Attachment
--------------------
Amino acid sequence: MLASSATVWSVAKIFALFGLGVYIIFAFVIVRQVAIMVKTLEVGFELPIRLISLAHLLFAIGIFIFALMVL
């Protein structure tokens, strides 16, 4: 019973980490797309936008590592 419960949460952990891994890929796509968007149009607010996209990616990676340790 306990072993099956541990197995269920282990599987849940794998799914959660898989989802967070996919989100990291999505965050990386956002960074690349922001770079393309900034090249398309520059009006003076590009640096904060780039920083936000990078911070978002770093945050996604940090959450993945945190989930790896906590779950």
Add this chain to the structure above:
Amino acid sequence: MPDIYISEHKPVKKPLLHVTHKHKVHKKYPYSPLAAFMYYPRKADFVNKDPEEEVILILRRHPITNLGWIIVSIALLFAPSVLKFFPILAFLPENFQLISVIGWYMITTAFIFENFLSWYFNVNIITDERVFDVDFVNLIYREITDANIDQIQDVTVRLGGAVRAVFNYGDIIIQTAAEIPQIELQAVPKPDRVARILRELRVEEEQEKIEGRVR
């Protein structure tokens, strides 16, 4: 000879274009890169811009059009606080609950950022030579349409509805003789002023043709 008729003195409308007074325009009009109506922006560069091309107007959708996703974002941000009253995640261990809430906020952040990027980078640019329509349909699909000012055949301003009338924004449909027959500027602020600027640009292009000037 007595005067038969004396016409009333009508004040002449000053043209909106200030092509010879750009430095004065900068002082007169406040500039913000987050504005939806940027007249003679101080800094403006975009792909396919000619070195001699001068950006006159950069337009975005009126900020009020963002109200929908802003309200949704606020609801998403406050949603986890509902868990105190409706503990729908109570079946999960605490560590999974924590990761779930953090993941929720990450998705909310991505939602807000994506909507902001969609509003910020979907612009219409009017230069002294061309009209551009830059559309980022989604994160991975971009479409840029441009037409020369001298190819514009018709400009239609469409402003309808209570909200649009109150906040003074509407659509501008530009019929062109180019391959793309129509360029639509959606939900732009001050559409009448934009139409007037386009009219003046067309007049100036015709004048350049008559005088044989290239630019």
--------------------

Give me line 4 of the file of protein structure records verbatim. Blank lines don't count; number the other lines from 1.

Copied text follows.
Amino acid sequence: MPDIYISEHKPVKKPLLHVTHKHKVHKKYPYSPLAAFMYYPRKADFVNKDPEEEVILILRRHPITNLGWIIVSIALLFAPSVLKFFPILAFLPENFQLISVIGWYMITTAFIFENFLSWYFNVNIITDERVFDVDFVNLIYREITDANIDQIQDVTVRLGGAVRAVFNYGDIIIQTAAEIPQIELQAVPKPDRVARILRELRVEEEQEKIEGRVR